The McCain Bubble

THE McCAIN BUBBLE....Jon Cohn notes that despite the grueling, muddy, endless Democratic primary campaign — complete with Wrightgate, Bittergate, Bowlinggate, Tuzlagate, etc. — Gallup's tracking polls that match up Obama and Clinton vs. John McCain have stayed as flat as Tom Frank's Kansas prairie over the past month. None of this stuff has helped McCain by even a percentage point. He was stuck at 45% a month ago and he's stuck at 45% today. Jon takes a guess at what's going on:
That 45 percent figure represents a ceiling of his support.

After all, barring some outside shock to the political system, there is no reason to think McCain's numbers will go up. People already have overwhelmingly positive feelings about him — stronger than about either of the Democratic candidates. They see him as a likeable, principled war hero whom they trust on national security. Very few realize that he has supported privatizing Social Security, that he opposes universal health insurance, that he supports free trade without qualification, and so on. Once the voters learn these things, at least some of them are likely to abandon him.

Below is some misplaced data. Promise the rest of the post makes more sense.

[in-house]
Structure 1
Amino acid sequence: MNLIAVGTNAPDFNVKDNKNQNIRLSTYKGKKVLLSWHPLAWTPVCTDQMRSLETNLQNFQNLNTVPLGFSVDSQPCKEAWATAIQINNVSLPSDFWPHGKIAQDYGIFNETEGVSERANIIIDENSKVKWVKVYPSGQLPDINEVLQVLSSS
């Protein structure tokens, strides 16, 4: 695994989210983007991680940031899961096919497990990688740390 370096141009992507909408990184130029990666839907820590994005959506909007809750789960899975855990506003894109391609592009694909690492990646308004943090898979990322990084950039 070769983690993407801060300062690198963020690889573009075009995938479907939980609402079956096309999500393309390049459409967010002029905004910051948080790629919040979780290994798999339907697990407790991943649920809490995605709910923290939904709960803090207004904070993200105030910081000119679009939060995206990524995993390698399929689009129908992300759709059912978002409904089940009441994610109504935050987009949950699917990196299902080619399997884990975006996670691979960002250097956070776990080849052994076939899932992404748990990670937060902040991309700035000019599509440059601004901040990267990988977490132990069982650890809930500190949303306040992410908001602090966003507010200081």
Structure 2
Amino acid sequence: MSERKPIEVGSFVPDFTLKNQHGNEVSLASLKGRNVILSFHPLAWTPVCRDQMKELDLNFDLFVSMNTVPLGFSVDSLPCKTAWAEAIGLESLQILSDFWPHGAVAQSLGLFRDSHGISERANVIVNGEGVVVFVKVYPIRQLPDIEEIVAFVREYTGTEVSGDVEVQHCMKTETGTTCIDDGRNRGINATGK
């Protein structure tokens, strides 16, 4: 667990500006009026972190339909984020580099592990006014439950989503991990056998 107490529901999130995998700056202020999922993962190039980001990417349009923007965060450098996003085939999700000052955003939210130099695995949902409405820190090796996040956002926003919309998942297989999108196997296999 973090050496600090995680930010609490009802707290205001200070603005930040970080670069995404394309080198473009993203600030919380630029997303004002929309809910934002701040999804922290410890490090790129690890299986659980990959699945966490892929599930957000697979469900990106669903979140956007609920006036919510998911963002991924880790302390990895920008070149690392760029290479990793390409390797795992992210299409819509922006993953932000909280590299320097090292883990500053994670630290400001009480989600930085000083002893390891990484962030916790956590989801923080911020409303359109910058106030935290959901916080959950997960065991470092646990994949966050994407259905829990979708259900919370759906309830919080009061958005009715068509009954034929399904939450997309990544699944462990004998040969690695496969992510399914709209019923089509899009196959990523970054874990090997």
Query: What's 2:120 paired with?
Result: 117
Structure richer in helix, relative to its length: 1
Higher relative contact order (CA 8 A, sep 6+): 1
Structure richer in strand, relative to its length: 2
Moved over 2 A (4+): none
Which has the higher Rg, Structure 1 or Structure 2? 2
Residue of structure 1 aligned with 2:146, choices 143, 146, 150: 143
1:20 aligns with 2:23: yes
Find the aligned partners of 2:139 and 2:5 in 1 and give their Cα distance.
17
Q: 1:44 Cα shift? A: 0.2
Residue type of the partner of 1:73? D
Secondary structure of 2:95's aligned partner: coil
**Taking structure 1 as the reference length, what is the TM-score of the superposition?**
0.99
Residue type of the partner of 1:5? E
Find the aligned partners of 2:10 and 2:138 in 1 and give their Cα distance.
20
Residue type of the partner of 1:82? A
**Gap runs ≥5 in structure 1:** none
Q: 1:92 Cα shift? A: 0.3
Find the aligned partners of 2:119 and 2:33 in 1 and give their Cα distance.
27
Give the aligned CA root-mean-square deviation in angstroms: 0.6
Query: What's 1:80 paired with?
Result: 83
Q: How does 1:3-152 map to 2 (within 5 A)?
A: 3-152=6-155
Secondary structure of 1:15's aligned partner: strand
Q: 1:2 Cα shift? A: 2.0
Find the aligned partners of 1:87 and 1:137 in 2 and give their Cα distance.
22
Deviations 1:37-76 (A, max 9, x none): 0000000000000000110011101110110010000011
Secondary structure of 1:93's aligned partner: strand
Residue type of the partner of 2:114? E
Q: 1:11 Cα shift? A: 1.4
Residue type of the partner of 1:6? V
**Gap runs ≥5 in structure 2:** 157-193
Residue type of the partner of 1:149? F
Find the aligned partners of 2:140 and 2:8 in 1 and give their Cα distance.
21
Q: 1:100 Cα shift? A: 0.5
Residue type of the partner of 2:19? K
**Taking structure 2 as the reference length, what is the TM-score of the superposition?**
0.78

If anything, McCain has the look of an Internet stock circa 1999: Great numbers, lousy fundamentals.
This seems mostly right to me. It could prove to be wrong if the Democratic campaign goes all the way to the convention and turns into 1972, but assuming that Hillary faces reality a little sooner than that, I don't think much harm will be done to Democratic chances in the fall.

Mainly this is because I agree with Jon and then some: McCain simply isn't nearly as strong a candidate as people seem to think he is. Factors working against him include Bush fatigue, a declining economy, his age, his need to pander heavily to the Christian right, his hawkishness in a year when the public isn't feeling very hawkish, his history of flip flopping for obviously political reasons, and a portfolio of extremely unpopular positions (like privatizing Social Security) that Democrats can make a lot of hay with in the fall. What's more — and go ahead, call me an optimist — I suspect that at some point there's going to be a media backlash against McCain. His media image is a bubble, sustained by a sort of childlike faith, and I suspect that once that faith starts to wobble — something that may already have started — the bubble is likely to pop.

Of course, this all assumes that Hillary Clinton decides not to be completely suicidal and take down the party in a huge ball of flames. But I don't think she will. Even the Clintons have to bow to reality eventually.

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